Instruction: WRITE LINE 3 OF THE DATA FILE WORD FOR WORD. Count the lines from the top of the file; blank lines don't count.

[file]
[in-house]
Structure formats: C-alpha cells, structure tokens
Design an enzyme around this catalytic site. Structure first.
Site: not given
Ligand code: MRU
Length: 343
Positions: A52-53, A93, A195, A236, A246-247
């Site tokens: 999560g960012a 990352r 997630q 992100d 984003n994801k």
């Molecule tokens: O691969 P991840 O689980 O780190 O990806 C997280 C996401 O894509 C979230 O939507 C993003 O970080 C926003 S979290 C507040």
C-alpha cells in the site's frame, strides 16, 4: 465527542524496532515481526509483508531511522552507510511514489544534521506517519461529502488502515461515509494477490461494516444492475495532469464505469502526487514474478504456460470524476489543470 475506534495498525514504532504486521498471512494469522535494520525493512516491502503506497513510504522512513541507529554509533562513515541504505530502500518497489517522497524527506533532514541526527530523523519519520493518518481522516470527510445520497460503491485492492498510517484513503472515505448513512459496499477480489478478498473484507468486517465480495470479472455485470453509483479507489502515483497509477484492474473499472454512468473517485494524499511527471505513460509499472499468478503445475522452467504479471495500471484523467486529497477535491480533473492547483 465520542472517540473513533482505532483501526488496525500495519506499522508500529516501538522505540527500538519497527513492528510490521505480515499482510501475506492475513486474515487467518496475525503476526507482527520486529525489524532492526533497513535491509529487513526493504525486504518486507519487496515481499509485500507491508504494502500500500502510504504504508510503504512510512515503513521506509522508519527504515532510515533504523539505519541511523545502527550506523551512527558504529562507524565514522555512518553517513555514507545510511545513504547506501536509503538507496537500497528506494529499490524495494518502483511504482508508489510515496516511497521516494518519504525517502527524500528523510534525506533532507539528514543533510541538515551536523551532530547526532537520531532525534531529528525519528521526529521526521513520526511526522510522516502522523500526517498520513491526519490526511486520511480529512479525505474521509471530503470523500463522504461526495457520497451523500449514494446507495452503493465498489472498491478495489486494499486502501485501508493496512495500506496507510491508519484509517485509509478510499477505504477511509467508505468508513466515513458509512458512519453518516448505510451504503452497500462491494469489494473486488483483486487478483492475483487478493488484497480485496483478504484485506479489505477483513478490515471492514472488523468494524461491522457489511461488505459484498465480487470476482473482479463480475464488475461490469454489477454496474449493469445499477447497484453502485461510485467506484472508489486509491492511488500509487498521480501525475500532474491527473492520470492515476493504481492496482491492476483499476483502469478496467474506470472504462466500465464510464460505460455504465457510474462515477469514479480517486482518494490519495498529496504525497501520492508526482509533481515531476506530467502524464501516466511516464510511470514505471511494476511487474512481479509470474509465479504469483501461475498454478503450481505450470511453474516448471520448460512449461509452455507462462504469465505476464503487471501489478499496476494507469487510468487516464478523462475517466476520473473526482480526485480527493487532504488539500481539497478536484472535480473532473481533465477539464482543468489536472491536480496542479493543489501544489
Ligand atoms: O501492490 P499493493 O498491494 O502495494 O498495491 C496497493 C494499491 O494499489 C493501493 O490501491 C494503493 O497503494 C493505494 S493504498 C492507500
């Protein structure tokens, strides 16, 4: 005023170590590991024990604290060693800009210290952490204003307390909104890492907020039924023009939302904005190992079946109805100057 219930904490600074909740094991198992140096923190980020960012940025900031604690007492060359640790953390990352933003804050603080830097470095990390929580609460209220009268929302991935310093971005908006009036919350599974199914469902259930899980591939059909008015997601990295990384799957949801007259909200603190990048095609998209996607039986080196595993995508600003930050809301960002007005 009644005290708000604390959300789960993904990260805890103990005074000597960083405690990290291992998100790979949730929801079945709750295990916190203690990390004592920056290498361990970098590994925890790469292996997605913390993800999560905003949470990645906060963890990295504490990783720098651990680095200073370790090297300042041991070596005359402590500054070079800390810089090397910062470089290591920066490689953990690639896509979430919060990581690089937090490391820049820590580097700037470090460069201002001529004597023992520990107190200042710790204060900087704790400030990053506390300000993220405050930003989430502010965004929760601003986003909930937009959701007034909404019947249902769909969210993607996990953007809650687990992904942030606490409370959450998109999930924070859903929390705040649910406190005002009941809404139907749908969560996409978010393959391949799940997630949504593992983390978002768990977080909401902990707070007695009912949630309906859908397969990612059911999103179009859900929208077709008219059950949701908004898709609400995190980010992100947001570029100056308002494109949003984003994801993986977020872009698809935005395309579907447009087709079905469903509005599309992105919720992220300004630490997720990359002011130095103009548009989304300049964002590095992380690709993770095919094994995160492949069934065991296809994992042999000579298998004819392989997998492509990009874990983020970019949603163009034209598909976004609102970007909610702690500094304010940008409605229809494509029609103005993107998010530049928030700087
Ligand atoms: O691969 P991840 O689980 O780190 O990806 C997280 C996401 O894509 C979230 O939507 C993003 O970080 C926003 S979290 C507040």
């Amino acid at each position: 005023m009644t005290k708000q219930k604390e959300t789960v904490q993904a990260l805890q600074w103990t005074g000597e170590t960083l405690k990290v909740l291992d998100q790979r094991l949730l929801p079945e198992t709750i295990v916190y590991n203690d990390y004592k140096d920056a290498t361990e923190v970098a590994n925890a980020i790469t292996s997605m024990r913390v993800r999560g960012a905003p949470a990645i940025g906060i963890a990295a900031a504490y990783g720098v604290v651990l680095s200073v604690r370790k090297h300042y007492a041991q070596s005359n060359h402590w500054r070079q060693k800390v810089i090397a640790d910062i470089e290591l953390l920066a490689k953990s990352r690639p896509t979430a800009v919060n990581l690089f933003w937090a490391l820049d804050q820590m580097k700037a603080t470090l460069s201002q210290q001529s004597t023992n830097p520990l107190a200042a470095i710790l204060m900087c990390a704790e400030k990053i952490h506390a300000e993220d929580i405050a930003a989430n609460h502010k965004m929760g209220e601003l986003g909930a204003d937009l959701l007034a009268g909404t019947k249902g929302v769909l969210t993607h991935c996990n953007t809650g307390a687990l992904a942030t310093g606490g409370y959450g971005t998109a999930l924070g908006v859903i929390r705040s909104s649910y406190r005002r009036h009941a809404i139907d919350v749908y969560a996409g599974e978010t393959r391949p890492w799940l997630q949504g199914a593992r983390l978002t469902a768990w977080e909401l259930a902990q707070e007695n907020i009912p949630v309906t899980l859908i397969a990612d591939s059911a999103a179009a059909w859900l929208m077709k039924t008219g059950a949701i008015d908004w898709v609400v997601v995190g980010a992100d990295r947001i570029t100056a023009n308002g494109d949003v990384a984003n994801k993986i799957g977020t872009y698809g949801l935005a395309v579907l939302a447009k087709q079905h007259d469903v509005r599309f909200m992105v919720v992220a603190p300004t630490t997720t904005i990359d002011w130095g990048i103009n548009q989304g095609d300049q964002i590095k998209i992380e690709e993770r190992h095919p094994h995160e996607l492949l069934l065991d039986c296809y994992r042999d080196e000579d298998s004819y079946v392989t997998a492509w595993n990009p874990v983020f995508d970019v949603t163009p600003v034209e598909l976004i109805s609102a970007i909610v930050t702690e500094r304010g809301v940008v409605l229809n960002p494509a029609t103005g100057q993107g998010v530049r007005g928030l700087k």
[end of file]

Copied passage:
Design an enzyme around this catalytic site. Structure first.